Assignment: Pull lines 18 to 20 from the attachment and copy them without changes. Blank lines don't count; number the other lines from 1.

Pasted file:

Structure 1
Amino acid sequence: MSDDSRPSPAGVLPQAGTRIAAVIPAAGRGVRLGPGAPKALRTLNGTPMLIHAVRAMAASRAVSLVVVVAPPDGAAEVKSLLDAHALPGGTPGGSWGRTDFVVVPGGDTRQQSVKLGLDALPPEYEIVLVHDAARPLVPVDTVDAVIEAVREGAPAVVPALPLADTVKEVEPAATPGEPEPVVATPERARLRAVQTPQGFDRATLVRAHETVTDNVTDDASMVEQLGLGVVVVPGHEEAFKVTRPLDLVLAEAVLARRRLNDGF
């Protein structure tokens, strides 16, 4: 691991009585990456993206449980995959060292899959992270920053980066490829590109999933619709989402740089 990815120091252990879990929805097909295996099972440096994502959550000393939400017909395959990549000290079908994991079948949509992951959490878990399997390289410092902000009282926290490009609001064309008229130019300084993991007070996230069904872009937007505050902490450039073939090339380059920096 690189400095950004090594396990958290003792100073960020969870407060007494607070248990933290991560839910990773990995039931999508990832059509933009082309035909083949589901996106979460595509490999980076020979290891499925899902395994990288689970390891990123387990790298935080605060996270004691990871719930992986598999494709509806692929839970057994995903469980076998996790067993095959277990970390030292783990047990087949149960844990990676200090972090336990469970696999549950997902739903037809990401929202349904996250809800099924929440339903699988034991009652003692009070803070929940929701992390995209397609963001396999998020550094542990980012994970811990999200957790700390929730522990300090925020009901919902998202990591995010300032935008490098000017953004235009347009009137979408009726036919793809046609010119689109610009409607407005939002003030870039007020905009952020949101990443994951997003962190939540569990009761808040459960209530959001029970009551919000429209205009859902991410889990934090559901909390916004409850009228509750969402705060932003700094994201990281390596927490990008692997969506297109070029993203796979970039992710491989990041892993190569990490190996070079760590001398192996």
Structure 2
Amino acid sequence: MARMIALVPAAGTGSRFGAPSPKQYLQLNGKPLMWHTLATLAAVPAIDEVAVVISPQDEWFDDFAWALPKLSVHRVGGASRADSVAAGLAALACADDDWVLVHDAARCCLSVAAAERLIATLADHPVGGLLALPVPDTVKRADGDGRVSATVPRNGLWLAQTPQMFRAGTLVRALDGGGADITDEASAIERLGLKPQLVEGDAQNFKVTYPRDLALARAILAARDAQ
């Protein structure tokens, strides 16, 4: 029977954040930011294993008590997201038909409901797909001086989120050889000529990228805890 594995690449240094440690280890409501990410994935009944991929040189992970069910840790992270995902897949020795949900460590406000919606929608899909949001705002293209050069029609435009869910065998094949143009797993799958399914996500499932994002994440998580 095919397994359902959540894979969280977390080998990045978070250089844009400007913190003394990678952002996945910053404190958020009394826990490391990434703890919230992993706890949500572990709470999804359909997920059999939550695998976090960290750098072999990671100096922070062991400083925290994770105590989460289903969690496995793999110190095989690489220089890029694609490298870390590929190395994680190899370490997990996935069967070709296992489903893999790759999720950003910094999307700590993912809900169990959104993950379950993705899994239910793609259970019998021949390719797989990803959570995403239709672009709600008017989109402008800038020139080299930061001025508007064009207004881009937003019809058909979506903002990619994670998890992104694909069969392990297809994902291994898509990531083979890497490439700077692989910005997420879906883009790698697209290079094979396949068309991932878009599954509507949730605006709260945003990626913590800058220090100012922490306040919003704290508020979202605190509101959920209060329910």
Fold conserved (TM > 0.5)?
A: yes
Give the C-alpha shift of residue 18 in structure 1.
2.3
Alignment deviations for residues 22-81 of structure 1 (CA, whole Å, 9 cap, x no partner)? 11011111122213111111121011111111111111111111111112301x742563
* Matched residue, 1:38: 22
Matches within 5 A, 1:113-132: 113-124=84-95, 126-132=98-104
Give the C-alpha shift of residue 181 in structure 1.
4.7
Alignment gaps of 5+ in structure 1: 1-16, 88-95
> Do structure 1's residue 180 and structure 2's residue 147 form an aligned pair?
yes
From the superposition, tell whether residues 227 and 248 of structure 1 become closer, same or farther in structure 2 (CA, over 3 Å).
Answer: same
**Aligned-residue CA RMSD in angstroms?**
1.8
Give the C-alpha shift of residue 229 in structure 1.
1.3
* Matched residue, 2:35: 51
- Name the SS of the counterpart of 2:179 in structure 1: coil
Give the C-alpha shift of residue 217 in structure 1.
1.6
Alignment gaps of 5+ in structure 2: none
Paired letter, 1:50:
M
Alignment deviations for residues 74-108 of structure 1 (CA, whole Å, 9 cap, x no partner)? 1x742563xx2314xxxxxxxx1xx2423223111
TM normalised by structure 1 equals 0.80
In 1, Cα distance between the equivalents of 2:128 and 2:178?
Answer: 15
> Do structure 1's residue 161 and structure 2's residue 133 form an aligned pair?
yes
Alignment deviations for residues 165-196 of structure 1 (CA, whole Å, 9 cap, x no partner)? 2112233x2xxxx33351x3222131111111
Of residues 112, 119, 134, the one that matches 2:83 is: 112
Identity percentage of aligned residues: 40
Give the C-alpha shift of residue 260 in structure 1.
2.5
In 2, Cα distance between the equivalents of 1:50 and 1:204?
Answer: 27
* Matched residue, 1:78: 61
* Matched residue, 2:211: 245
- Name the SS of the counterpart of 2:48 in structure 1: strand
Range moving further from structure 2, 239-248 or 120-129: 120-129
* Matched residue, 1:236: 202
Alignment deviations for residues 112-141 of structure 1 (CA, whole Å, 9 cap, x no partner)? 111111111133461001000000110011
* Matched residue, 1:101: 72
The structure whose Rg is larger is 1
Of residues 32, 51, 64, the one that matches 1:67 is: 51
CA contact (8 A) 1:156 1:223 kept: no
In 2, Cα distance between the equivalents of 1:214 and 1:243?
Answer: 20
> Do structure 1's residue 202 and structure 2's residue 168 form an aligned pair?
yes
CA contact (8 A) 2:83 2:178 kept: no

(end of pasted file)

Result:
yes
From the superposition, tell whether residues 227 and 248 of structure 1 become closer, same or farther in structure 2 (CA, over 3 Å).
Answer: same